Mother’s terror as fire sparked by solar panels destroys council home

A mother has spoken of her terror as she raced to get back to save her child after a solar panel exploded on the roof of her West London council house.

NHS worker Tracey Adams, 49, was on the phone to her 13-year-old son Leo when smoke started to pour into their family home of more than 20 years during the blaze on 9 August.

Her family has been living at three different budget bed and breakfasts since the blaze gutted the roof leaving it open to the elements with the building declared too unstable for the family to return for their possessions.

It comes as an investigation by The Independent found that the number of fires involving solar panels has soared sixfold in the past decade. prompting concerns from safety experts who are worried about a lack of regulation on who can install them.

Ms Adams told The Independent: “I was on my way home from work, driving and chatting to him on a car phone. All of a sudden the fire alarm went off and he started screaming ‘Mum, there’s a fire in the house.’

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“I can’t explain it, it was so traumatic to not know what was going on. I just had to get back there to him. He was trying to leave the house when neighbours came for him. They saw all the smoke from the roof.

“It was so nice to wrap my arms around him. That feeling to know he was ok. He doesn’t want to ever be left on his own again.”

The roof of the house caved in after the blaze leaving the property open to the elements (Supplied)
The roof of the house caved in after the blaze leaving the property open to the elements (Supplied)

The solar panels had been installed in 2013 before being removed for roof repairs and re-installed a couple of years ago, the NHS admin worker said.

She added: “Apparently the smoke had been accumulating in the loft all day. The fire alarm kept going off but we thought it was because the neighbours were getting work done and burning stuff in the garden.

“I’ve heard of other horror stories about these solar panel fires happening more regularly.”

Lilly, the family’s cornsnake, was rescued by firefighters (Supplied)
Lilly, the family’s cornsnake, was rescued by firefighters (Supplied)

After the blaze, firefighters knocked on all the neighbours’ doors in Ferrymead Avenue in Greenford, to give their solar panels a safety check and turn off the power to 10 others, she said.

The brigade only managed to recover the family’s passports from the blaze but the mother is concerned because the roof is still not covered.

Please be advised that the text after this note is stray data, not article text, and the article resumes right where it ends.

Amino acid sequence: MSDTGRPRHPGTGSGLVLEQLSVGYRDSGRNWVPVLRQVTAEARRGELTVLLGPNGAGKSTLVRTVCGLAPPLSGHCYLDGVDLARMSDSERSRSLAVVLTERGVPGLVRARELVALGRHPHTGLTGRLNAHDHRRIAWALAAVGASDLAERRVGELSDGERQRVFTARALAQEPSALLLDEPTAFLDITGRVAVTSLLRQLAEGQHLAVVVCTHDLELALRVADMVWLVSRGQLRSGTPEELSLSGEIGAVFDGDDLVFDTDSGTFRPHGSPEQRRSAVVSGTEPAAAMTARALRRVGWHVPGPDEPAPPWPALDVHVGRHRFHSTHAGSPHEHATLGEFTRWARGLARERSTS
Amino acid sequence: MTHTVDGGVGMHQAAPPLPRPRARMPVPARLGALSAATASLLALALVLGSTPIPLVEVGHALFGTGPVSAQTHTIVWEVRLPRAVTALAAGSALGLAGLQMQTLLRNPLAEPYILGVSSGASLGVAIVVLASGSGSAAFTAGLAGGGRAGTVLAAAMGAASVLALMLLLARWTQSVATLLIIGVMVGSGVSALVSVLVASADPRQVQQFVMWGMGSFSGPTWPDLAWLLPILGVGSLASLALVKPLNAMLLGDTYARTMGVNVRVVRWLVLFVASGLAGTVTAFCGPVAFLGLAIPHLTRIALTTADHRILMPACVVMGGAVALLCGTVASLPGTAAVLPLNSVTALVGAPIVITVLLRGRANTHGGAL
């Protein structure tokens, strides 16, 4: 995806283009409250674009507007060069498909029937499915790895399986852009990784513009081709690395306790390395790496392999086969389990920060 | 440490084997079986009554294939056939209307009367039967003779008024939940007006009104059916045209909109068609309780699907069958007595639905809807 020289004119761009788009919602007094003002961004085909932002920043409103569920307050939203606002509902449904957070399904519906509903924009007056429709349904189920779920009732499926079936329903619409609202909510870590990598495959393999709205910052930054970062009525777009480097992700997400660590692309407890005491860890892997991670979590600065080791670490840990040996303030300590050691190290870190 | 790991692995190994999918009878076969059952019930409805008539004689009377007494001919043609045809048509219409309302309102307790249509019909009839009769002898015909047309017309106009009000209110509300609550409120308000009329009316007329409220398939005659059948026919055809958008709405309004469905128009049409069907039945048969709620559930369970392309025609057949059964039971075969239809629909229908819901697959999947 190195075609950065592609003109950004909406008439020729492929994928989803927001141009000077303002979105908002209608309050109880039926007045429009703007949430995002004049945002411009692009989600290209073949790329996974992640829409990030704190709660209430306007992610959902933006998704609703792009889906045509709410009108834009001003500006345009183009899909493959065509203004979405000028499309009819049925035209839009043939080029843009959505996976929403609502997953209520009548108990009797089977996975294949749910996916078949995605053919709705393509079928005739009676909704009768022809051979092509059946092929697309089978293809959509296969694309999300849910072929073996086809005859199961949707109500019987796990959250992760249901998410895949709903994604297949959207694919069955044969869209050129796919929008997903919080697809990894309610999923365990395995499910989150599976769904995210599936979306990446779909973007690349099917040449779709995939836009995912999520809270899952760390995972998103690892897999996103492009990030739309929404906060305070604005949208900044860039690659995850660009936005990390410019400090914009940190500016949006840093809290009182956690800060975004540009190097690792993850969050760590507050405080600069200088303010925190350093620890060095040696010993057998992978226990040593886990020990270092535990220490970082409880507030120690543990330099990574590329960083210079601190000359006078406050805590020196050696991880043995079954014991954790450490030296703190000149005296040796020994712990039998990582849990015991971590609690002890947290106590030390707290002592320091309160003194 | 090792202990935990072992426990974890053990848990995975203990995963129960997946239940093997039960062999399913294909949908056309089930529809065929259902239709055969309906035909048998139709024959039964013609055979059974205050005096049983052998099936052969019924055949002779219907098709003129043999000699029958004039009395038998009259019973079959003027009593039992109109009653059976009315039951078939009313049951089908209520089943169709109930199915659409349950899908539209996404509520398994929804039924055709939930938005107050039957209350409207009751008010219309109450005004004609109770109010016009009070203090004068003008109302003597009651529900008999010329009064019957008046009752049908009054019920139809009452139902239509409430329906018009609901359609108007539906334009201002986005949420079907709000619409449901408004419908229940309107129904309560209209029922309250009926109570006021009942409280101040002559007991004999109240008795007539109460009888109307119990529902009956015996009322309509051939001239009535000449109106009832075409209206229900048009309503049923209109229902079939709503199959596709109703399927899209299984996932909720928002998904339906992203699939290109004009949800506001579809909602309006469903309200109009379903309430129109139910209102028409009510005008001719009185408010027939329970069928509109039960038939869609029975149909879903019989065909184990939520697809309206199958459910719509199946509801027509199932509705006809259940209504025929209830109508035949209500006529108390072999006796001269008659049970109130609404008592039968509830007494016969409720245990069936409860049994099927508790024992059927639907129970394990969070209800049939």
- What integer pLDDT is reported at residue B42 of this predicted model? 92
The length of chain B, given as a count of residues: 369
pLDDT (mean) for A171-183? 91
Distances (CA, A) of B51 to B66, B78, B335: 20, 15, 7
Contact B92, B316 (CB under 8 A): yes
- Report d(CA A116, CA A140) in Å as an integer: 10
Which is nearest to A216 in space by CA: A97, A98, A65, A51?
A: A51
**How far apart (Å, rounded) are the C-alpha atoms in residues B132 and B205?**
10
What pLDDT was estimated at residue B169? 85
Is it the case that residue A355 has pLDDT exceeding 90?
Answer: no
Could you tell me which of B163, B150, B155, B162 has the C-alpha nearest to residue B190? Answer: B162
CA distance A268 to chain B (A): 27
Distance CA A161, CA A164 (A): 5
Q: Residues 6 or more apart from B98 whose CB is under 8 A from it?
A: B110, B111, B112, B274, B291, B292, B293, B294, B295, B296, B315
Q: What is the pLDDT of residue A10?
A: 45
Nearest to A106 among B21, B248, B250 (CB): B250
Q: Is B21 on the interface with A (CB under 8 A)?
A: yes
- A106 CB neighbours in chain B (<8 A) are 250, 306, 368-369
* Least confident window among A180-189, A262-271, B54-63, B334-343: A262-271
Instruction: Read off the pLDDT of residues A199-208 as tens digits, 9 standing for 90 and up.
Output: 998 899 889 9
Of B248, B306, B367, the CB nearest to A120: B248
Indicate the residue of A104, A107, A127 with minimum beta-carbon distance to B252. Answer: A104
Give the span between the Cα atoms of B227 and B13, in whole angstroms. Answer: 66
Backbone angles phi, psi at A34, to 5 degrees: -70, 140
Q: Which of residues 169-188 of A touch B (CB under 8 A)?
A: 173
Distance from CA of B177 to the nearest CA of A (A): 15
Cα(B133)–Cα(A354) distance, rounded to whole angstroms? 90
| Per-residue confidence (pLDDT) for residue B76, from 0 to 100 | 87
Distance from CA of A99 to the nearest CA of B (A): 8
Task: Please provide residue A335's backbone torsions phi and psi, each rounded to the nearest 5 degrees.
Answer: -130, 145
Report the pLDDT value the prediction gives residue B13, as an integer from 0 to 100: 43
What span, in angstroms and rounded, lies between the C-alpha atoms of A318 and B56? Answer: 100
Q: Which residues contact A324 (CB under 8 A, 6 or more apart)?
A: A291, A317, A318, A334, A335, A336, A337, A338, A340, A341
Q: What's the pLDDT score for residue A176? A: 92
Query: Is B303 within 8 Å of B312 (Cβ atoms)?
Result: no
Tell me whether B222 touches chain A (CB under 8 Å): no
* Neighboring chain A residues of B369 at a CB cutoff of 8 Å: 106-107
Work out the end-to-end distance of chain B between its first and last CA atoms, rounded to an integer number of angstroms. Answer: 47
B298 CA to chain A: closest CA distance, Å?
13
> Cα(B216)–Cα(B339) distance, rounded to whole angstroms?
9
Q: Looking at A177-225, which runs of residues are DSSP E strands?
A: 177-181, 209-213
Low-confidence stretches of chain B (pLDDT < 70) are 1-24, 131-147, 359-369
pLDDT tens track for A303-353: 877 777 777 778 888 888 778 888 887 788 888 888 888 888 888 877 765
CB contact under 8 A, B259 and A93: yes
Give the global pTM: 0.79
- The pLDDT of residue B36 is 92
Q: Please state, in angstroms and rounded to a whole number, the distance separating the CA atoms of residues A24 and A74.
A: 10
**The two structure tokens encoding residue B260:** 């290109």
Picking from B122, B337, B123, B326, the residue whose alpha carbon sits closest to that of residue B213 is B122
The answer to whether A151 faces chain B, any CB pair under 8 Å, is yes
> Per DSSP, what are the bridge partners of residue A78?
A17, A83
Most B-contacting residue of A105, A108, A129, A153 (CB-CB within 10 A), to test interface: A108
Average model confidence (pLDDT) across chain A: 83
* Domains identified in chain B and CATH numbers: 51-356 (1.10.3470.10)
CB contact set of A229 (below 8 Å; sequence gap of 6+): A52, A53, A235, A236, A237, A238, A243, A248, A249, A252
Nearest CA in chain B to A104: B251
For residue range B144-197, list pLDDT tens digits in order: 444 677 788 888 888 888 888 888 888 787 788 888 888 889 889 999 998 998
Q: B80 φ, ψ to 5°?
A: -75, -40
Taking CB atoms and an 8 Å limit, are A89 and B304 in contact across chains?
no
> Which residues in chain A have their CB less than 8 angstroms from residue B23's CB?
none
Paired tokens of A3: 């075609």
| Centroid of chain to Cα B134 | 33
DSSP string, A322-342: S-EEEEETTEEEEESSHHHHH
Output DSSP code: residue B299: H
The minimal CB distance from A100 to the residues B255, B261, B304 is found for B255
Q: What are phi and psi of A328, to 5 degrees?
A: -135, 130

The family have not been allowed in to collect belongings, photos or clothing since the roof collapsed and have, so far, shelled out hundreds of pounds on temporary housing.

To add to the misery, Ealing Council has warned the family they may need to be separated from their 10-month-old puppy Teddy in order to get a new home.

Their corn snake was unharmed in the fire and is being looked after by their friends while the family figure out their next steps.

Leo with his beloved pet puppy Teddy (Supplied)
Leo with his beloved pet puppy Teddy (Supplied)

Ms Adams added: “We just want our home back or at least our belongings. It’s just completely out of our control. We didn’t have home insurance so we don’t know where to go from here.”

A London Fire Brigade spokesperson confirmed the blaze involved a solar panel and said the blaze was believed to be accidental.

They said firefighters had used PVStop, a black liquid polymer coating designed to cover solar panels like a liquid tarpaulin, to isolate power to 10 solar panels in the neighbourhood.

They added: “It works by blocking the sunlight that powers solar panels, so the process of converting light into electricity is stopped.

“The panels are then de-energised, and the risk of electrocution is greatly reduced so crews can get closer and prevent fire spreading from a roof to the rest of the building.”

An Ealing council spokesperson said: “The council has not yet received the formal report from the Fire Brigade on the likely cause of the fire, however this is an incident we are taking very seriously.

“There were no other incidents caused by solar panels in the previous year, though in line with ensuring safety, Ealing Council is starting to investigate all the Photovoltaic systems.

“This family is currently in hotel accommodation while we find a suitable accommodation. We have made two offers of homes so far and are in touch regularly with Ms Adams to keep her updated.

“The council is currently looking into what support is available for Ms Adams including the replacement of her lost items.”